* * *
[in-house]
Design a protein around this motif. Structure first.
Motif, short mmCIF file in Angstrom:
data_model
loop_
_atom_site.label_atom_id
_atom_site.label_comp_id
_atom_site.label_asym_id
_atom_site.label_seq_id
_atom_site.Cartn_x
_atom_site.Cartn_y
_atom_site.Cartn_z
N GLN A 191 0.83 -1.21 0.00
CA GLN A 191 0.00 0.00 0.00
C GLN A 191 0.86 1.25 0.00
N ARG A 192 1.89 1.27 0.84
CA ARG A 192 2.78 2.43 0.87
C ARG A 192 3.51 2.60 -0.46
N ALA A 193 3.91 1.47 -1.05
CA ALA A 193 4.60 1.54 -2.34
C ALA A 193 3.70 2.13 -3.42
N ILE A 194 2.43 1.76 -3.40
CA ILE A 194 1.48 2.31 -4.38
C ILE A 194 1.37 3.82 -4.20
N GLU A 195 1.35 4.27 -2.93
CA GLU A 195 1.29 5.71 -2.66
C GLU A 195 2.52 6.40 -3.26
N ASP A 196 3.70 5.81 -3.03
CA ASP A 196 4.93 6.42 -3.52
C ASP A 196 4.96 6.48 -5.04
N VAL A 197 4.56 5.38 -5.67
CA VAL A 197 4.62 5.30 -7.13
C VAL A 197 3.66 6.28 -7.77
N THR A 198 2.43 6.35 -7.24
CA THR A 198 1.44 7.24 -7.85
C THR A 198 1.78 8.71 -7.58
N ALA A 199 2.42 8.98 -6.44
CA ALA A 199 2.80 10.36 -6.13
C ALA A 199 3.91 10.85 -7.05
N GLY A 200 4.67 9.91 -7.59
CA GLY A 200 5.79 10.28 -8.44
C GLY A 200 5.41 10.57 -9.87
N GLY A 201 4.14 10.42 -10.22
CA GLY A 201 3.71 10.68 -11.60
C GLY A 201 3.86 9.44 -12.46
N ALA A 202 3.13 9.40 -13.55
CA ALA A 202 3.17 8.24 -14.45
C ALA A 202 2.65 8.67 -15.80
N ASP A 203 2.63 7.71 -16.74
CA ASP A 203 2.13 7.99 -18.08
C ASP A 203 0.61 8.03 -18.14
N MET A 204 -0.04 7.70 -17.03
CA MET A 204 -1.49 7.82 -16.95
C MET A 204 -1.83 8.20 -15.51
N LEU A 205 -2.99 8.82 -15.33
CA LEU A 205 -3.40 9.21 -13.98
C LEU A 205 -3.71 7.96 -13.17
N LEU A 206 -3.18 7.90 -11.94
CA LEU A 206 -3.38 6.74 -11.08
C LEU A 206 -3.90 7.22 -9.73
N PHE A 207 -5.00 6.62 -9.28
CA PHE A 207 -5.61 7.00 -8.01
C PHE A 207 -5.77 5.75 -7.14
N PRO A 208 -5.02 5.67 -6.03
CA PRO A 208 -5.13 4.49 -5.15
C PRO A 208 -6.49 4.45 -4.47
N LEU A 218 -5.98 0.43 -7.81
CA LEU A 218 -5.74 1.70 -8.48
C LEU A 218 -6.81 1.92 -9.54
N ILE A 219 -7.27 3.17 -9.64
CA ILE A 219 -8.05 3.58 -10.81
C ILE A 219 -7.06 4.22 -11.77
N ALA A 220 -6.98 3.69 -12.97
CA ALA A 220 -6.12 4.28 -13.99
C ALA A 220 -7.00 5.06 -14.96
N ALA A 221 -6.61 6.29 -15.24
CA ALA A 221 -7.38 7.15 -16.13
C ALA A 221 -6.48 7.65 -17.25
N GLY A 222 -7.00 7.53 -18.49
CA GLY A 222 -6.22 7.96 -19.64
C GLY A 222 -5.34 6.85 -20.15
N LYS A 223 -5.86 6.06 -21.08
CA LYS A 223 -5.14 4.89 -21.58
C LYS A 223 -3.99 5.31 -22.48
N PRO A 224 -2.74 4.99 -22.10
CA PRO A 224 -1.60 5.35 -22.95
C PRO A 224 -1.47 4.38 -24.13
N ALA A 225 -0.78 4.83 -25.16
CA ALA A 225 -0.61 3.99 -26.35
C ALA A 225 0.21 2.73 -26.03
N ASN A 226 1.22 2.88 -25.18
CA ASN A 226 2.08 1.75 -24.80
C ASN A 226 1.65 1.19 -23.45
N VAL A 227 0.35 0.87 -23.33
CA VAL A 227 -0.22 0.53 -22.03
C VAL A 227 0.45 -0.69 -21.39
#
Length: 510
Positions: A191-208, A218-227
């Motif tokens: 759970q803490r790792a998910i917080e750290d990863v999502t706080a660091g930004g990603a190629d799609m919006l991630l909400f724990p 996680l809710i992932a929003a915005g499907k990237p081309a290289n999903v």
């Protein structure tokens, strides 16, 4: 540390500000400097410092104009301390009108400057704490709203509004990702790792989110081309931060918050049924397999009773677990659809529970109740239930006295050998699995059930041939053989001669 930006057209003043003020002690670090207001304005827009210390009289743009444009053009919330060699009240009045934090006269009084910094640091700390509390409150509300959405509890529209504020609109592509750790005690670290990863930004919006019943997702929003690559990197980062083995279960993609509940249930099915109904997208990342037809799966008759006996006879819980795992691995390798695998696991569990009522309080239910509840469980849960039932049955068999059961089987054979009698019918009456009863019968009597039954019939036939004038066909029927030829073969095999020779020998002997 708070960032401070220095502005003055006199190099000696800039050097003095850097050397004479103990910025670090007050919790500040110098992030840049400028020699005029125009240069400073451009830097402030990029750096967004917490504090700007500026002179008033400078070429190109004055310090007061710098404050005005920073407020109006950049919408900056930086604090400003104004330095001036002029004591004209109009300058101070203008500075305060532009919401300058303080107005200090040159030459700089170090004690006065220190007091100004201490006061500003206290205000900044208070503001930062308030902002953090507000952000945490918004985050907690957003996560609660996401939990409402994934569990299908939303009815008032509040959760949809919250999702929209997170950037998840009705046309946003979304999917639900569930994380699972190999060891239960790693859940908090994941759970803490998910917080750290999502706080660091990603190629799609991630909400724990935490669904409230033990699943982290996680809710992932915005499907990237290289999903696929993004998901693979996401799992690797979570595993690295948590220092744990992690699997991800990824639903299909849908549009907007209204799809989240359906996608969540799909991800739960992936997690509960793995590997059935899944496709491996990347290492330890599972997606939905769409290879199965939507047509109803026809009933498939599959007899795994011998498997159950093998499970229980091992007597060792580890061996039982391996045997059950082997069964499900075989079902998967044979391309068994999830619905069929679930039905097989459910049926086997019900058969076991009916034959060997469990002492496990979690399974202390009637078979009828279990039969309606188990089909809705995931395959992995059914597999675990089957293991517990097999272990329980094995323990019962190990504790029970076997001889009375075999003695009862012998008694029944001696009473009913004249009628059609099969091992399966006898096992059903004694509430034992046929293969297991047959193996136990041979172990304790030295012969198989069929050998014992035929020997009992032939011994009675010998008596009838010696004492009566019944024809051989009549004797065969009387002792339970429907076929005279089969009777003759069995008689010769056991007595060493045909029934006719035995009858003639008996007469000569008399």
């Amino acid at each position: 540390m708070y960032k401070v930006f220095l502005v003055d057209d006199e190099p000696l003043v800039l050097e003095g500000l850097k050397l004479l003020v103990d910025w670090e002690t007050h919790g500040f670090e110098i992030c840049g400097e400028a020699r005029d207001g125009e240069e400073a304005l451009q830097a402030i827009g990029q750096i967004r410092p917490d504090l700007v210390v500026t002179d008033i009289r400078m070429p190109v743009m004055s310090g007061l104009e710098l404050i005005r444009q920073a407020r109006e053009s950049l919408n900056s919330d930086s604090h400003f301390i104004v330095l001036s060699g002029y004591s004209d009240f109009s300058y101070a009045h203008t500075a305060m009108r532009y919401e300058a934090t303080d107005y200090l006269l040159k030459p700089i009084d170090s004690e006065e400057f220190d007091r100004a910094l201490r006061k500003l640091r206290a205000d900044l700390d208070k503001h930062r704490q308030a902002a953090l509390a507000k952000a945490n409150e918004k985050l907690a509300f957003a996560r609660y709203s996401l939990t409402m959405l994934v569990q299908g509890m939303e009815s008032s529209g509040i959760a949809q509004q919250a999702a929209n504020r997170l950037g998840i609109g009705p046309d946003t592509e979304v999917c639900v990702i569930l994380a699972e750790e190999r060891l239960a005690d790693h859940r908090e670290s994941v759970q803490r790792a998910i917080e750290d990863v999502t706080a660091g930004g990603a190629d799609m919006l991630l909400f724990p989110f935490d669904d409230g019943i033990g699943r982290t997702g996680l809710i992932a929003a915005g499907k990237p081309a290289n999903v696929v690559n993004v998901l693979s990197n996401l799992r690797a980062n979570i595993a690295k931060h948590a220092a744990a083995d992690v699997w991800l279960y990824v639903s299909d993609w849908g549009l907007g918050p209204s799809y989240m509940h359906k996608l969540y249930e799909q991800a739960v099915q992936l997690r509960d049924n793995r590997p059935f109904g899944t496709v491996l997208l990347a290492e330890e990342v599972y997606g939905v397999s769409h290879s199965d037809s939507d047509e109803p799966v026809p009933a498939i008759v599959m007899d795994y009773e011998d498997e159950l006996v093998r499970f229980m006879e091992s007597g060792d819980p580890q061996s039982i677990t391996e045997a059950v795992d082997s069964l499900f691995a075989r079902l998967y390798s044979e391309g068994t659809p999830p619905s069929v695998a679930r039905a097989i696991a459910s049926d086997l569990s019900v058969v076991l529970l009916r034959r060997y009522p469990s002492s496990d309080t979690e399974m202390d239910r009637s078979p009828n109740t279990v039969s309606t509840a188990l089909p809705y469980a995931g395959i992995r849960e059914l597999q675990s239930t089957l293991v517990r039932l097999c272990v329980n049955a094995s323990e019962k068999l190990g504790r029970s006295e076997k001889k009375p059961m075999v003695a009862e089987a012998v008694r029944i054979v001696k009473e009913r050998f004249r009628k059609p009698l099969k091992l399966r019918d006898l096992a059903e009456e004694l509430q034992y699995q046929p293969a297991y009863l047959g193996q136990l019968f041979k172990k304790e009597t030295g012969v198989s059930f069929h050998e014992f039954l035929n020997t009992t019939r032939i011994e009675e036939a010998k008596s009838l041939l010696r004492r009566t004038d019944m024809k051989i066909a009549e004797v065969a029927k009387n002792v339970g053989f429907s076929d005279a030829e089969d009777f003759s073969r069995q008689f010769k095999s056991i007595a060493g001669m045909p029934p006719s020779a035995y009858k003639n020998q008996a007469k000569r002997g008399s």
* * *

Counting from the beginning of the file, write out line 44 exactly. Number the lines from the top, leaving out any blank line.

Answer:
CA GLY A 201 3.71 10.68 -11.60